> Most modern databases support user defined functions that return tables. We use them
with both MS-SQL Server and Postgres to implement a rather complex/convoluted security
scheme in the database. Thus instead of doing this:
> SELECT * FROM clients
> we do this:
> SELECT * FROM secure_clients( <user_id> )
the problem for this is that this means you have to generate *all* sql dynamically and
programmatically; you can't pregenerate it and i'm not sure if hibernate's
core is open enough for that (yet).
I'm still curious if using secure_clients('max') as the table name directly
actually works for you (then you could *in theory* have a SF per user ;)
> Where <user_id> would be the ID of the user who is querying
the client table. The "user" is not a database user but rather an application
user, who in turn has a record in the users table. Based on the contents of the user
table and various security tables we can determine what "clients" the user can
"see" and only return those. This allows the application programmer to ignore
the implementation of SELECT security and allows other apps that may touch the same
database such as import/export utilities and business intelligence tools to all use the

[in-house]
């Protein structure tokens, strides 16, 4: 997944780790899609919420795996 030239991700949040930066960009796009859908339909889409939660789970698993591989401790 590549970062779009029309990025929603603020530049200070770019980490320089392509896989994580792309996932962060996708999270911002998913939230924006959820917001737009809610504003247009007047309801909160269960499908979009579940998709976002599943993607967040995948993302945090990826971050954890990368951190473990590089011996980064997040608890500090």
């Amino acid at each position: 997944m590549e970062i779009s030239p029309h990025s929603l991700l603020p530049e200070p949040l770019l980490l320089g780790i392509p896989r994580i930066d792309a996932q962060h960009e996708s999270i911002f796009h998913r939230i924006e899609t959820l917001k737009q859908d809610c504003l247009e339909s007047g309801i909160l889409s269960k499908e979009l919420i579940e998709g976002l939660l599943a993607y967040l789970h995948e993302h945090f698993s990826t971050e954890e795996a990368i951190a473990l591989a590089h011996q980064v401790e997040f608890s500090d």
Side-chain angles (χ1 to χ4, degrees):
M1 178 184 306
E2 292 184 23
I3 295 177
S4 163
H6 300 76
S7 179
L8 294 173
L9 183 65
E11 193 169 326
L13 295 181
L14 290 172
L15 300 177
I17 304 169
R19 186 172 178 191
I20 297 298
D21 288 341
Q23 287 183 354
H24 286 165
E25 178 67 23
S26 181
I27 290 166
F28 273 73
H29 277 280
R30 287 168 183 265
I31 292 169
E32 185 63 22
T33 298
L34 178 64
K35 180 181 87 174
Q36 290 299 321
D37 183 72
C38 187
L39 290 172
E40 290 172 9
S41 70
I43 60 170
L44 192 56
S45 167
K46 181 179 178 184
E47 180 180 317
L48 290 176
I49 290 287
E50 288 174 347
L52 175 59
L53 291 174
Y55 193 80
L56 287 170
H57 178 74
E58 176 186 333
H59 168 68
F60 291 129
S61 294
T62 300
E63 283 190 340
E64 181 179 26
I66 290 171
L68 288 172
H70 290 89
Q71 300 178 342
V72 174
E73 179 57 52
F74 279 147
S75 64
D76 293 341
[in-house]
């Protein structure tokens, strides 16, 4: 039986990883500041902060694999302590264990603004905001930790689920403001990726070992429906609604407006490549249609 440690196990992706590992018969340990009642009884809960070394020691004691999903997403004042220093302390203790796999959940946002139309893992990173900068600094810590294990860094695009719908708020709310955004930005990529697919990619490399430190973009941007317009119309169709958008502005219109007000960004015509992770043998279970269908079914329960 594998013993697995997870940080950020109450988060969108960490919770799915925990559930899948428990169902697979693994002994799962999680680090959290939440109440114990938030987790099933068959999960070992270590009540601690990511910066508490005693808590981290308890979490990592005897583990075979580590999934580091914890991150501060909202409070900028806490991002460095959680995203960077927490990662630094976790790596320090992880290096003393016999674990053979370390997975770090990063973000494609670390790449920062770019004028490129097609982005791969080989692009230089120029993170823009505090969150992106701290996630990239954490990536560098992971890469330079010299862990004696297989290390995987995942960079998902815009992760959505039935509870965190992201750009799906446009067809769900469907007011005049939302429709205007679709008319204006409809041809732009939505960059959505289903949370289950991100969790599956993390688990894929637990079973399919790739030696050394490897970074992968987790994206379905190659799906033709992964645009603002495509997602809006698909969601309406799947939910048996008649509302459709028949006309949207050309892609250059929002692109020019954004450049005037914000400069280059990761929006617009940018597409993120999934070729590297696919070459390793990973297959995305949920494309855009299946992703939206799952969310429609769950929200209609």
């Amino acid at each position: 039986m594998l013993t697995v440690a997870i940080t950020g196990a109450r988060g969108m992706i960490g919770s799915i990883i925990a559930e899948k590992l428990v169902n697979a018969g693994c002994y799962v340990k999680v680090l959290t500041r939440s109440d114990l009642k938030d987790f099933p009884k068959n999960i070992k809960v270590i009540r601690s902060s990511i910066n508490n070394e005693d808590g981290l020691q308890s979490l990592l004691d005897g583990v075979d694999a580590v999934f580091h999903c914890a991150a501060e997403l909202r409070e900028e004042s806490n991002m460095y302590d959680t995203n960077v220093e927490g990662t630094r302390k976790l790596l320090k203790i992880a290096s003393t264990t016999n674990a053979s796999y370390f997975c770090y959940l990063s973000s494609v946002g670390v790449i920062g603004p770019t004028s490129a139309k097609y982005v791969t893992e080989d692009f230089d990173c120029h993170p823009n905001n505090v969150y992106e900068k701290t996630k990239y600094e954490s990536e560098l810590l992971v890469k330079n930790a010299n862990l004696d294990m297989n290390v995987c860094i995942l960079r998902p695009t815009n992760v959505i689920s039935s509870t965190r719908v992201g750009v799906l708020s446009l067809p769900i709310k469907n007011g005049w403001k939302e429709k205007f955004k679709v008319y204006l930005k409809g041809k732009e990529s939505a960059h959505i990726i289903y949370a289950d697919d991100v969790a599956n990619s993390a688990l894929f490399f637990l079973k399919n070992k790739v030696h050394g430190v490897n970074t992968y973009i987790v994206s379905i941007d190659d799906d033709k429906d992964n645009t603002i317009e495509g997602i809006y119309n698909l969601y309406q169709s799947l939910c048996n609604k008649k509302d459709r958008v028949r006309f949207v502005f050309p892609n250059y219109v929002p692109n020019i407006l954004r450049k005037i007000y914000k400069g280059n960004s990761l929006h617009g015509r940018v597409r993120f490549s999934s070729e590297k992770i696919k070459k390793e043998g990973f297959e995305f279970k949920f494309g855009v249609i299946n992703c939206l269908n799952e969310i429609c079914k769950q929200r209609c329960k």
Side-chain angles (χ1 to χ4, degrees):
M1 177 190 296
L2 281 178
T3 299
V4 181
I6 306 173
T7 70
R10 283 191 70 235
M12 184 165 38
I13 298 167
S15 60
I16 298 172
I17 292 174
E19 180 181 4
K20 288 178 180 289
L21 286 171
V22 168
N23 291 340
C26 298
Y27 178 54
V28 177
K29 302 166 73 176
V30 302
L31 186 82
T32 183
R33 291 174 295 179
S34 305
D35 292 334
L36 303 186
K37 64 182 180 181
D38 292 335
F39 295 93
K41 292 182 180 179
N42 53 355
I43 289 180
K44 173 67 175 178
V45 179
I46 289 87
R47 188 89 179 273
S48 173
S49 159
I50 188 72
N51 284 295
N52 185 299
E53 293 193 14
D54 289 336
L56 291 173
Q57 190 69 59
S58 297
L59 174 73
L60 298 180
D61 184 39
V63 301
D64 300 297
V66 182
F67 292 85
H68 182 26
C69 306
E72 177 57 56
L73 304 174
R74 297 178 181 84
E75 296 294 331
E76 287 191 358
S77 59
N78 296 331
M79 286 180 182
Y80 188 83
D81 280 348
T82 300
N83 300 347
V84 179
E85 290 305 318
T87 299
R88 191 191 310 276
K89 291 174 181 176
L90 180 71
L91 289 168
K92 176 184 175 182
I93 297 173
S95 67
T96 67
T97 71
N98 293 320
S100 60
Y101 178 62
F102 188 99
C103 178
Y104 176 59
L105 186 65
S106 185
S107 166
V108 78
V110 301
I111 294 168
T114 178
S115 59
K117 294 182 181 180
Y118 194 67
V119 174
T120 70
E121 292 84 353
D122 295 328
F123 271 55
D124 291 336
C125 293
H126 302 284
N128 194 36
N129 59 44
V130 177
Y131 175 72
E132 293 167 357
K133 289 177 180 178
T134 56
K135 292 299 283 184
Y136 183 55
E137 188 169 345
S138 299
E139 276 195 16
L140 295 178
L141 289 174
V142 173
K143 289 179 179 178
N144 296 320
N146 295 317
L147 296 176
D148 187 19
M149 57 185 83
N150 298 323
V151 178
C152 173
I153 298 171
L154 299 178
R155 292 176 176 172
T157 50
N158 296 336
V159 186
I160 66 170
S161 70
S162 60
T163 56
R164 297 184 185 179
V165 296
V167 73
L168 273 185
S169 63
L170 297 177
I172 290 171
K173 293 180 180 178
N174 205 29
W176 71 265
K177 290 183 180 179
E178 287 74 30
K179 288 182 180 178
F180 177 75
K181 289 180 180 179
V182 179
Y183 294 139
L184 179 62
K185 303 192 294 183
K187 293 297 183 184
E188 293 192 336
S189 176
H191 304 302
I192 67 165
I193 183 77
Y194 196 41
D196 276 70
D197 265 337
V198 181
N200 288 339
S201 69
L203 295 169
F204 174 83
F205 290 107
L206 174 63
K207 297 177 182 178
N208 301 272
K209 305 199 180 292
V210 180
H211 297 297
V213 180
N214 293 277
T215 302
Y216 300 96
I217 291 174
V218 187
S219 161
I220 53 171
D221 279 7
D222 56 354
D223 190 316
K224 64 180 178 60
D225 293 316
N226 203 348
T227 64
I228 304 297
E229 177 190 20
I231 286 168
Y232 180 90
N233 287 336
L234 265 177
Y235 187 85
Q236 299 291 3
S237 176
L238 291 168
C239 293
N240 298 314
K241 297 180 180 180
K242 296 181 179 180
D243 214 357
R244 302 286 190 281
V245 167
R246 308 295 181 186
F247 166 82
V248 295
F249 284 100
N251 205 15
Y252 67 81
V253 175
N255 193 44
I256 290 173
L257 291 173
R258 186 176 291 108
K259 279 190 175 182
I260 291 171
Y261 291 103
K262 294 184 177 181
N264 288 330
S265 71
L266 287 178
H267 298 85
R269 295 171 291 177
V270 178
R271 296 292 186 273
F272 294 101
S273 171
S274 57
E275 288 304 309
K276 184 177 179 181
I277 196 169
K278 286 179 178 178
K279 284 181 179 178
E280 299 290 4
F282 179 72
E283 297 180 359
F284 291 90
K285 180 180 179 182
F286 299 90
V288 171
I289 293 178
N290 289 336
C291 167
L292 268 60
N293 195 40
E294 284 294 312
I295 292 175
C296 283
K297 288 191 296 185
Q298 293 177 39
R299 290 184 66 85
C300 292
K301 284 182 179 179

same security logic.
> The fun part with hibernate will be the parameters to the UDFs. They will need to be
session specific. My initial though was to add some mechanism to allow properties to be
assigned to the session, IE:
> session.setProperty("user_id", "1");
> Then in the mapping:
> <class table="secure_clients(#user_id#)" name="...">
> Then when hibernate pulls from secure_clients it could do a simple string replace
based on the session properties.
> ----- Original Message -----
> From: "Max Rydahl Andersen" <max.andersen(a)redhat.com>
> To: richard(a)bowmansystems.com, hibernate-dev(a)lists.jboss.org
> Sent: Tuesday, December 18, 2007 11:11:41 AM (GMT-0500) America/New_York
> Subject: Re: [hibernate-dev] Using hibernate with UDFs
> haven't heard about anyone working on this.
> With UDF I guess you mean user defined functions and on SQL Server or ?
> Have you tried just using the UDF as table name directly ?
>> I asked in the forums a while back about using Hibernate to tie back to
>> set-returning UDFs instead of a table or a view.
>> I have looked at Hibernate alternatives solutions and they all come up
>> short in some way. I'm interested in hacking Hibernate to add support
>> for tying back to UDFs at this point. I was just curious if this was
>> something anyone else had looked at in the past, was on someone's TODO
>> list, was something there are strong feelings about, etc before I got
>> hibernate-dev mailing list
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